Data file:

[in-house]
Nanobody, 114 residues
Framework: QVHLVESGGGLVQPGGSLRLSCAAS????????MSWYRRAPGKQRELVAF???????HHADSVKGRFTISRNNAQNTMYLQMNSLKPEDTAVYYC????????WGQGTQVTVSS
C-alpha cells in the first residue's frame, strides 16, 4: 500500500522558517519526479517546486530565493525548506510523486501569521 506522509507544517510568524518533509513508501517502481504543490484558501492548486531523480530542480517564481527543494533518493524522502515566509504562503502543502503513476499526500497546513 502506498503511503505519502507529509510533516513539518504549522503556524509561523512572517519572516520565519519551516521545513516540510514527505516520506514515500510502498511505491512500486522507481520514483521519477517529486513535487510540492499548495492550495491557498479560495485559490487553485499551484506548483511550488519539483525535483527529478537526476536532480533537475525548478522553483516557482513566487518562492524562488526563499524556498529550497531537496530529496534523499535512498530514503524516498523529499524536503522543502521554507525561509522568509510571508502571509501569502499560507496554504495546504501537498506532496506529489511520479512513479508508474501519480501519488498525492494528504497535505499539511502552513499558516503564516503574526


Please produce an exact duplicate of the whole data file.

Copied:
[in-house]
Nanobody, 114 residues
Framework: QVHLVESGGGLVQPGGSLRLSCAAS????????MSWYRRAPGKQRELVAF???????HHADSVKGRFTISRNNAQNTMYLQMNSLKPEDTAVYYC????????WGQGTQVTVSS
C-alpha cells in the first residue's frame, strides 16, 4: 500500500522558517519526479517546486530565493525548506510523486501569521 506522509507544517510568524518533509513508501517502481504543490484558501492548486531523480530542480517564481527543494533518493524522502515566509504562503502543502503513476499526500497546513 502506498503511503505519502507529509510533516513539518504549522503556524509561523512572517519572516520565519519551516521545513516540510514527505516520506514515500510502498511505491512500486522507481520514483521519477517529486513535487510540492499548495492550495491557498479560495485559490487553485499551484506548483511550488519539483525535483527529478537526476536532480533537475525548478522553483516557482513566487518562492524562488526563499524556498529550497531537496530529496534523499535512498530514503524516498523529499524536503522543502521554507525561509522568509510571508502571509501569502499560507496554504495546504501537498506532496506529489511520479512513479508508474501519480501519488498525492494528504497535505499539511502552513499558516503564516503574526